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Category: The Ranche On The Oxhide
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Just as the sun appeared above the top of the Twin Mounds, Joe, who could not keep quiet when among the timber or on the prairie, was scouting around on his own hook, while the remainder of the party was lying on the grass eating the cold breakfast they had brought from Errolstrath.

Suddenly he rushed down to them, and yelled at the top of his voice:--

"The cavalry are coming! I saw the gleam of their carbines on the ridge about a mile away toward the trail to Fort Harker."

Every man was on his feet in an instant; and sure enough, in a few minutes they heard the clanging of sabres and the sound of the hoofs of approaching horses. Presently a fine-looking set of men wearing the fatigue uniform of the United States Cavalry, splendidly mounted on sleek bay animals, swung around the point of timber where Captain Tucker and his scouts from the Oxhide valley were standing. The trumpeter sounded the "Halt," and in another moment the horses, in obedience to the signal, stood still as if petrified, while the commander of the troop, Colonel Keogh, of Custer's famous regiment, rode forward and talked with Captain Tucker, whom he had at once recognized as the leader of the scouts.

They conversed for some moments, each giving the other what information he had of the movements of the Indians. Then the Colonel told Captain Tucker that his orders were to camp on the Elkhorn with his company, and scout through the valley, protecting the settlers. He said that a detachment of infantry was also ordered to the creek, and was to remain there, while he with his mounted men would move from point to point, and thus prevent the savages from making another raid in that part of the country. He thanked Captain Tucker for the promptness with which he and his neighbors had responded to the appeal of Alderdyce. He said that now the cavalry were there the men might go home feeling assured that no more attacks were to be feared from the Indians, and that General Sheridan would soon have enough soldiers under his command to whip thoroughly the allied tribes, and force them to a peace which they would be glad to keep.

Captain Tucker told the Colonel how bright Joe was in relation to Indian affairs, and what a great hunter he had already become. After Colonel Keogh had himself conversed with Joe, he took a great fancy to him. He told him that he was going on a deer hunt just as soon as he was settled in camp, and the infantry had arrived, and he invited Joe to be one of the party.

Joe thanked the Colonel, and spoke modestly of the compliments which had been paid him by Captain Tucker. He promised that he would certainly go on the hunt with him, and be delighted to do so.

He spoke up boldly: "When do you expect to go, Colonel? I know there are lots of red deer and elk, too, on the Elkhorn, and this is a good time to find them; I've been here with the Pawnees often."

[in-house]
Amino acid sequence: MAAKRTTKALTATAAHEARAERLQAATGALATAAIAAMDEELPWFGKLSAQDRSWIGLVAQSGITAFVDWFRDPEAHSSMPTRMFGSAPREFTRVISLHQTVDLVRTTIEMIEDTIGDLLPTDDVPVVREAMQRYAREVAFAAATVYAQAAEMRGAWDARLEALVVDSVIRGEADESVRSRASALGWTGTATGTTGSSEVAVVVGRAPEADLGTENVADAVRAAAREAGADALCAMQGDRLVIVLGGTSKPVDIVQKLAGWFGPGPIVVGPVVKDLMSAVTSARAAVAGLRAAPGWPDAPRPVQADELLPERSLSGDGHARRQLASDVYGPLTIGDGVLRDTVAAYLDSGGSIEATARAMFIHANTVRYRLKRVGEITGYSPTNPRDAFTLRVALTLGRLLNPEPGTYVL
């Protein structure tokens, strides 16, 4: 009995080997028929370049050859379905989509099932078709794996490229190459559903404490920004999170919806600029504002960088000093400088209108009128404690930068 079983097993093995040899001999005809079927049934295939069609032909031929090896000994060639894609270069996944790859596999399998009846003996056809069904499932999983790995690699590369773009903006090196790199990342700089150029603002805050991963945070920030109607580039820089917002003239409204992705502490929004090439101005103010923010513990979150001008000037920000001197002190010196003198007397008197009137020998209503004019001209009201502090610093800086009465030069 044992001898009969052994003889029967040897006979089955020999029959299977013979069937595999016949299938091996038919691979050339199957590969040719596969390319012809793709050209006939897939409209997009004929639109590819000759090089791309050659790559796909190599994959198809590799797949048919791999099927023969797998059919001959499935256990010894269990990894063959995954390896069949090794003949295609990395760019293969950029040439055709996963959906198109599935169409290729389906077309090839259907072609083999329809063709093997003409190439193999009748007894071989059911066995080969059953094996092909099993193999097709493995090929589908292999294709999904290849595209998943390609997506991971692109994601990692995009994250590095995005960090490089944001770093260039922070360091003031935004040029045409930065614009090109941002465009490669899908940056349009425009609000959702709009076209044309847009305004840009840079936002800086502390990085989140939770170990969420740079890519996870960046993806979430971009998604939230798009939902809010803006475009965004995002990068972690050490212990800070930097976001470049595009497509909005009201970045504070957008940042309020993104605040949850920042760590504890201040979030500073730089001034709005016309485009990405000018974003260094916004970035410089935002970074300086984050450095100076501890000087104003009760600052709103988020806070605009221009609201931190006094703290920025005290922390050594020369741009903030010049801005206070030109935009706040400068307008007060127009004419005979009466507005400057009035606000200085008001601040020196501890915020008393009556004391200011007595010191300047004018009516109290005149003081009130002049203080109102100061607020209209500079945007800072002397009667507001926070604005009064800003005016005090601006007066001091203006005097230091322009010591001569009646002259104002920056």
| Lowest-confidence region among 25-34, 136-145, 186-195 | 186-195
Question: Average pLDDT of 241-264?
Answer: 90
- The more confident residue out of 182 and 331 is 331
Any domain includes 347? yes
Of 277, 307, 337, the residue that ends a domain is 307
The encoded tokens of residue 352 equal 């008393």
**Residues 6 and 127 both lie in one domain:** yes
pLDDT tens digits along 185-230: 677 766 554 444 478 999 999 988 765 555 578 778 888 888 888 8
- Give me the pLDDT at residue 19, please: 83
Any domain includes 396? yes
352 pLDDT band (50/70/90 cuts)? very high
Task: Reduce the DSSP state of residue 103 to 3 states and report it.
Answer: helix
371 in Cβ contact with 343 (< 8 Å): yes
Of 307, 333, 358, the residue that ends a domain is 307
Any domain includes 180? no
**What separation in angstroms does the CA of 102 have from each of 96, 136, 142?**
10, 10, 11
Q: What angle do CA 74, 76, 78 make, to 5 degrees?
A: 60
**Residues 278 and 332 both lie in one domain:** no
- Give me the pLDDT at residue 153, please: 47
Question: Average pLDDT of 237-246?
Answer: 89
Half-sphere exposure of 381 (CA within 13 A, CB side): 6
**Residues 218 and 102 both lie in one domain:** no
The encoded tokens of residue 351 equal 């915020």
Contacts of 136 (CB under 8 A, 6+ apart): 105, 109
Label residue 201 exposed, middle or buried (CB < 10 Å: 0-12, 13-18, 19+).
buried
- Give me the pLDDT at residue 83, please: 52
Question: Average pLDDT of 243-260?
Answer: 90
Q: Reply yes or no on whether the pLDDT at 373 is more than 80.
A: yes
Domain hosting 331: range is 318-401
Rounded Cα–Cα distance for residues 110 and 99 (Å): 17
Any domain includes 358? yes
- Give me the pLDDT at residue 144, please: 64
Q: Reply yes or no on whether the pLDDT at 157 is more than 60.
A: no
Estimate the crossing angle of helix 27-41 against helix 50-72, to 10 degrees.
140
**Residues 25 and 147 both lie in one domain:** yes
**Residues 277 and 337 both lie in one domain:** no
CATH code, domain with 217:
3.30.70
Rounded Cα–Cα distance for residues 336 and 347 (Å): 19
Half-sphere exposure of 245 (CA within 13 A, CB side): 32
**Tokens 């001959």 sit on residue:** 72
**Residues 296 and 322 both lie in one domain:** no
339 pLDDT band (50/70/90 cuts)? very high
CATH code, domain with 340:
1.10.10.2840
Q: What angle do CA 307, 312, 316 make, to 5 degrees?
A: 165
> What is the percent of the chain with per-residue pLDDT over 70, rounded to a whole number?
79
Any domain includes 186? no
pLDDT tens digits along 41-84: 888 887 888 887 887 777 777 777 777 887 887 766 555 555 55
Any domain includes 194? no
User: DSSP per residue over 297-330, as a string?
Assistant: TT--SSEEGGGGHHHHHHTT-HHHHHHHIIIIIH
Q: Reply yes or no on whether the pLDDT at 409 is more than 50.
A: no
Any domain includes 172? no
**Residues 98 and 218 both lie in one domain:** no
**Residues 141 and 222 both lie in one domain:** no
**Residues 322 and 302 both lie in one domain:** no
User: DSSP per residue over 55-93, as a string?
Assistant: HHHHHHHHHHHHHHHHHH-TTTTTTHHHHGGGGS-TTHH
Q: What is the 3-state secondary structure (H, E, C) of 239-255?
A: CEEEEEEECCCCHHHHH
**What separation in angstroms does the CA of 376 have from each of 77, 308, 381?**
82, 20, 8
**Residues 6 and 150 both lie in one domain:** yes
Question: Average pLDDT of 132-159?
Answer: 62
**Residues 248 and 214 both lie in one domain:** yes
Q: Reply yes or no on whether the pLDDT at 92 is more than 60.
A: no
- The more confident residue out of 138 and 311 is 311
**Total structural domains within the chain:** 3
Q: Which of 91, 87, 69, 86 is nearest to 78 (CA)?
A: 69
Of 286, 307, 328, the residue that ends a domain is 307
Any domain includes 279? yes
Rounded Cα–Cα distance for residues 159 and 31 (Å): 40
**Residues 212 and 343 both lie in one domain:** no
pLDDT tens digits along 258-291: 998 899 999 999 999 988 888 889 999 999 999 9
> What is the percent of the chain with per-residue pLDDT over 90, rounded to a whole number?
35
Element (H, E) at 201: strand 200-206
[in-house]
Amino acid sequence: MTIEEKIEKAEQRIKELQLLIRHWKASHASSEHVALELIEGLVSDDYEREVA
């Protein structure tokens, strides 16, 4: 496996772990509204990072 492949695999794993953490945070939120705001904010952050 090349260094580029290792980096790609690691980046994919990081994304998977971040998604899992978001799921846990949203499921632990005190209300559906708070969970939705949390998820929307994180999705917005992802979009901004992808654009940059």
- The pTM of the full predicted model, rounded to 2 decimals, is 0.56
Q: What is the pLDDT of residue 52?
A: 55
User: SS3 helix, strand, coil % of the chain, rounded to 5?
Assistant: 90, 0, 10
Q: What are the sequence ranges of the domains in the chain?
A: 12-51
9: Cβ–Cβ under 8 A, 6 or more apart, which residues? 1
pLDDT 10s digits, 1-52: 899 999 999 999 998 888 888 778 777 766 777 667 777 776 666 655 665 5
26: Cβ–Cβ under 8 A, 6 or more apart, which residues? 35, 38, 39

The Colonel said: "The infantry, in all probability, will reach the creek some time this evening, as they were getting ready for the march when I left Fort Harker with my troop. Suppose, Joe, we say the day after to-morrow? You can remain here with me; I have buffalo robes, and you shall have a bed in my tent. So go and ask your father at once and come back to me as quick as you can and report his answer. You'll find me somewhere about the camp. My tent is not yet put up, but you will know it when it is, by its similarity to an Indian tepee. It is called a 'Sibley,' and was patterned after the Sioux lodge by its inventor, an officer of the army of that name."

Joe, wild with delight, ran off to find his father, to whom he told of the invitation, and finding that no objections were made, thanked him for his permission to remain.

Captain Tucker had informed the Colonel that as his men and animals were sufficiently rested, and the horses filled with the rich grass, he intended to go to the scene of the massacre with Alderdyce, to find whether any of the settlers were hiding and not daring to show themselves, or if any of the wounded were still living. Should he find any of the latter, he would return by way of Fort Harker and notify the commanding officer, so that he might send an ambulance for them and medical assistance.

Telling his men of his intentions, they immediately brought in their horses and saddled them. They then mounted, and rode slowly west toward Spillman Creek, which was about seven or eight miles from the Elkhorn. Joe, of course, went with them, as they wanted him to find out which way the Indians had gone after committing their devilish deeds. He intended to leave the party at the ford of the Elkhorn on its return, and to join Colonel Keogh.